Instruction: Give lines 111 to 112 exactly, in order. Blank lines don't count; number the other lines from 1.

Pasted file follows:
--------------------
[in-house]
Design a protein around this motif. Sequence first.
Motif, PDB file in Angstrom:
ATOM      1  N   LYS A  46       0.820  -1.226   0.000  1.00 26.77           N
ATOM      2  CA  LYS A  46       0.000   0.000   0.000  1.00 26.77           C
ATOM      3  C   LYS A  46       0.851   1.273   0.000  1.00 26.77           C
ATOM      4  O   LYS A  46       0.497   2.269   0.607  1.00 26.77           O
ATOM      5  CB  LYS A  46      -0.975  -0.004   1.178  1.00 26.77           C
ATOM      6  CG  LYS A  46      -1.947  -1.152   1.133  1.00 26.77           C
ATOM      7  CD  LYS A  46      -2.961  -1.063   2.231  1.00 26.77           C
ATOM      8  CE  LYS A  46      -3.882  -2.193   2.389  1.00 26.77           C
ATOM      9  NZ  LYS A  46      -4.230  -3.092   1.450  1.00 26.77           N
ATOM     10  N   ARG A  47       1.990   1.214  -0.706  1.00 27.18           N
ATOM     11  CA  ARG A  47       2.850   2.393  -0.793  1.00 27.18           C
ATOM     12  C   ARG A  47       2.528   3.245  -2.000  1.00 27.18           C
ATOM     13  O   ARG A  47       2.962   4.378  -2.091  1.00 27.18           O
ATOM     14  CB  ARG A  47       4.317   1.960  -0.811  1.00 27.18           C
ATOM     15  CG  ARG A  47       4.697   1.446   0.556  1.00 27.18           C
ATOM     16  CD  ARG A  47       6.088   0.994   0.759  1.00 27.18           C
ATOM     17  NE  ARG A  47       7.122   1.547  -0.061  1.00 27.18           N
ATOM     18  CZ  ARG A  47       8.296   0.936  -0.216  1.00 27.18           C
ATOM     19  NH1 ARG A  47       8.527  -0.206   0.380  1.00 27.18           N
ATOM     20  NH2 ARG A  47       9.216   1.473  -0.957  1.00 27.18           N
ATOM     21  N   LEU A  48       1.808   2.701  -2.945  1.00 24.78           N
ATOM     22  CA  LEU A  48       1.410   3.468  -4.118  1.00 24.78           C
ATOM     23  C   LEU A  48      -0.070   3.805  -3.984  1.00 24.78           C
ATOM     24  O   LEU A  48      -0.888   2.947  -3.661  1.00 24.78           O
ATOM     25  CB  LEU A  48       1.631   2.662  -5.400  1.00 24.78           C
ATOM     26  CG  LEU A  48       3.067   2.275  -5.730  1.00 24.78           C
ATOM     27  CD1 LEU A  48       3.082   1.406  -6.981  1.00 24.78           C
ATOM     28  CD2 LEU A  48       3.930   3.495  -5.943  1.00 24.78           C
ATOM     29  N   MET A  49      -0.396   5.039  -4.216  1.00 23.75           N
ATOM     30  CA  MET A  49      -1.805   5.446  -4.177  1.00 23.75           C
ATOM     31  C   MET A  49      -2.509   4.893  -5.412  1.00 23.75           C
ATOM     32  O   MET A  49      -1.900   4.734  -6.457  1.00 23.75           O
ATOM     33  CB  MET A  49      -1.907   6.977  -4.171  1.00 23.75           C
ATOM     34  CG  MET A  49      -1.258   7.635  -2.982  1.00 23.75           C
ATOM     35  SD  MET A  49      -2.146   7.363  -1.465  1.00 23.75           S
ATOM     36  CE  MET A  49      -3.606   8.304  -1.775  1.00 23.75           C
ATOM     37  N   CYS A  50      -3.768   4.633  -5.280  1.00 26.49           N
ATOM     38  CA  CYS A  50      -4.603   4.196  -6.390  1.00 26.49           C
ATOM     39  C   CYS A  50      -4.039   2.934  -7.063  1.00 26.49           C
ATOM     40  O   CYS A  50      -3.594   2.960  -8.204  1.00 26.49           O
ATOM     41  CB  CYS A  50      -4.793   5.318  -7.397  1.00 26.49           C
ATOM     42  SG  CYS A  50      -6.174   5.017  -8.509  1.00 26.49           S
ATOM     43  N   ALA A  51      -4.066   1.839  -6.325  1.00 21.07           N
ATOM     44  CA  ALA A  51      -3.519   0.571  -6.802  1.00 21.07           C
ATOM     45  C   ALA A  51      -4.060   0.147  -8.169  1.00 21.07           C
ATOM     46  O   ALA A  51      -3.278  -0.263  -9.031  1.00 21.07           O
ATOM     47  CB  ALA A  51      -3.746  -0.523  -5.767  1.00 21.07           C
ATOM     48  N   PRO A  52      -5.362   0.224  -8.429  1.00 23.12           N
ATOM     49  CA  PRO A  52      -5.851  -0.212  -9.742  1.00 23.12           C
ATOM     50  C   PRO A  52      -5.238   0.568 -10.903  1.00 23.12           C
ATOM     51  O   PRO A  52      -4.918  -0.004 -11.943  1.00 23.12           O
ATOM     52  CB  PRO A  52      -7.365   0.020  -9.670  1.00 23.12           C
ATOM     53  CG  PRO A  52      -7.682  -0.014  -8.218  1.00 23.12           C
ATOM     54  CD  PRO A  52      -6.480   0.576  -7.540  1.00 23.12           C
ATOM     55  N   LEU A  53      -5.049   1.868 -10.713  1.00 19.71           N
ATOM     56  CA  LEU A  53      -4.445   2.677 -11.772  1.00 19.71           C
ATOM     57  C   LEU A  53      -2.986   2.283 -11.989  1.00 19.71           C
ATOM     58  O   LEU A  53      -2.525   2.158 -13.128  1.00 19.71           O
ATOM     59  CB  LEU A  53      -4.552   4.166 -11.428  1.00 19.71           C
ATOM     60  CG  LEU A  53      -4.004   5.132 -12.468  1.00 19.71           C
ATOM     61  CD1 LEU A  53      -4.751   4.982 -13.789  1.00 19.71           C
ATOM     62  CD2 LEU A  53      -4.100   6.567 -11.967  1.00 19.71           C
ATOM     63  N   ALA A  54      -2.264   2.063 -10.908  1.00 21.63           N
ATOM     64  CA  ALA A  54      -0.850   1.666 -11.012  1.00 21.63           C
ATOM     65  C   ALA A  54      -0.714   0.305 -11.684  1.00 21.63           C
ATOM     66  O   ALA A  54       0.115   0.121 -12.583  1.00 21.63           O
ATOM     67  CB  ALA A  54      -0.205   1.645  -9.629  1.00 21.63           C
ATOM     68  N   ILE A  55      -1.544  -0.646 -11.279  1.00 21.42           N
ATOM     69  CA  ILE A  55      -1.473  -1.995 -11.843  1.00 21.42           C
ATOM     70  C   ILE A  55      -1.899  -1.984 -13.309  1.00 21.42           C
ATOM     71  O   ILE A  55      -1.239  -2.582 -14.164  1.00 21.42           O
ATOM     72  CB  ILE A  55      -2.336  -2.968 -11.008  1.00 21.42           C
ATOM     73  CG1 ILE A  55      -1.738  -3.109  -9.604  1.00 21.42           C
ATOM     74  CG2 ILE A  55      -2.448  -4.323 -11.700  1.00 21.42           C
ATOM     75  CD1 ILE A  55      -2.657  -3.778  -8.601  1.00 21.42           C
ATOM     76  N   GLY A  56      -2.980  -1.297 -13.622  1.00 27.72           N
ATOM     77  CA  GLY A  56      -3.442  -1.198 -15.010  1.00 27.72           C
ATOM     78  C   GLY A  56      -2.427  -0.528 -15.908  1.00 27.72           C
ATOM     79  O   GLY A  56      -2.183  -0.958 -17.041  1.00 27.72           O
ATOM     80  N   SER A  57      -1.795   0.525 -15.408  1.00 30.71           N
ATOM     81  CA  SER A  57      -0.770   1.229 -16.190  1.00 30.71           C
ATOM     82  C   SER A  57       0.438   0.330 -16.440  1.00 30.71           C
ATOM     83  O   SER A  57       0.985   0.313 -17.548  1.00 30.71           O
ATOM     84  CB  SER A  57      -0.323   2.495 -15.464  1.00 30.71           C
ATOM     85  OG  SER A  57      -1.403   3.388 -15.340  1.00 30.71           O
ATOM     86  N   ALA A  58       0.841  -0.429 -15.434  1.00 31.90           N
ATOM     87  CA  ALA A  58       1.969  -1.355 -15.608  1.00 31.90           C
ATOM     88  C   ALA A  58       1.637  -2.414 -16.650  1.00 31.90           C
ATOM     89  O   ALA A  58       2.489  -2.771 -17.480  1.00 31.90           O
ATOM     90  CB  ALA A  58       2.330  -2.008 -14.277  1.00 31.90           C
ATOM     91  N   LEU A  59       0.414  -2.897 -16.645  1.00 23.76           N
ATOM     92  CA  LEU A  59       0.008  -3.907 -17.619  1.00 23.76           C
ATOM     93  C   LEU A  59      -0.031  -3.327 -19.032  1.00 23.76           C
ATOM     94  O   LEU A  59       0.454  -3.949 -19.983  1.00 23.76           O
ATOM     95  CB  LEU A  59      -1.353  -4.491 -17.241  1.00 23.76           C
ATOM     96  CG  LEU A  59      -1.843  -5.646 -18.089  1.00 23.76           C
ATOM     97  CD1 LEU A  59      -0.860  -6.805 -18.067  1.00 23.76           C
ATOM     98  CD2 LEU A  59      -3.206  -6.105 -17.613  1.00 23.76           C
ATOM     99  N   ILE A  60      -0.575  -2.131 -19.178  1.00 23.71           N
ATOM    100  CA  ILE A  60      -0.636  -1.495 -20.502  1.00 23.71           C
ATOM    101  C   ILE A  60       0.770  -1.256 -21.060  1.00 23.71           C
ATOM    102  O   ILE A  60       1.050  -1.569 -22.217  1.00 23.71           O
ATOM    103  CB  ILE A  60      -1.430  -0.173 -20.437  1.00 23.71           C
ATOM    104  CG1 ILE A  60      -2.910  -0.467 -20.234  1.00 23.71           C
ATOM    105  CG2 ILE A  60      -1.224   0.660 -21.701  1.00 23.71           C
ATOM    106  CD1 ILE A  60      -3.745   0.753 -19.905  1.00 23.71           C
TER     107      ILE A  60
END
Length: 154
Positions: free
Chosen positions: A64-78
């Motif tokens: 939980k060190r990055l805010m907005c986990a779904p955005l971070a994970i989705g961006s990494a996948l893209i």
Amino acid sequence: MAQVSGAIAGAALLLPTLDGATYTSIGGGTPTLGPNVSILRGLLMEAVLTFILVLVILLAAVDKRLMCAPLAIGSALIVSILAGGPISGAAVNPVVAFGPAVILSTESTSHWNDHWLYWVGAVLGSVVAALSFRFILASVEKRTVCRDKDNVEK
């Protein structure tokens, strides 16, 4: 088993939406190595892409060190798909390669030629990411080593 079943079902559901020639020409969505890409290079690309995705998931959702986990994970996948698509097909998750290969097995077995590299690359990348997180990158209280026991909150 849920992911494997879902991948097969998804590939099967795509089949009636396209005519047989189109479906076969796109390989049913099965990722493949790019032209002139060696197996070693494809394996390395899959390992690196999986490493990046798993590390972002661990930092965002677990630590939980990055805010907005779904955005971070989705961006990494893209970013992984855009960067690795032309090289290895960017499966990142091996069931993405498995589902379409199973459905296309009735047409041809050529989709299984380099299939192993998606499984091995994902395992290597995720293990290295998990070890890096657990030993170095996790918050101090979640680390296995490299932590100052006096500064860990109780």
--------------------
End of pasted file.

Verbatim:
END
Length: 154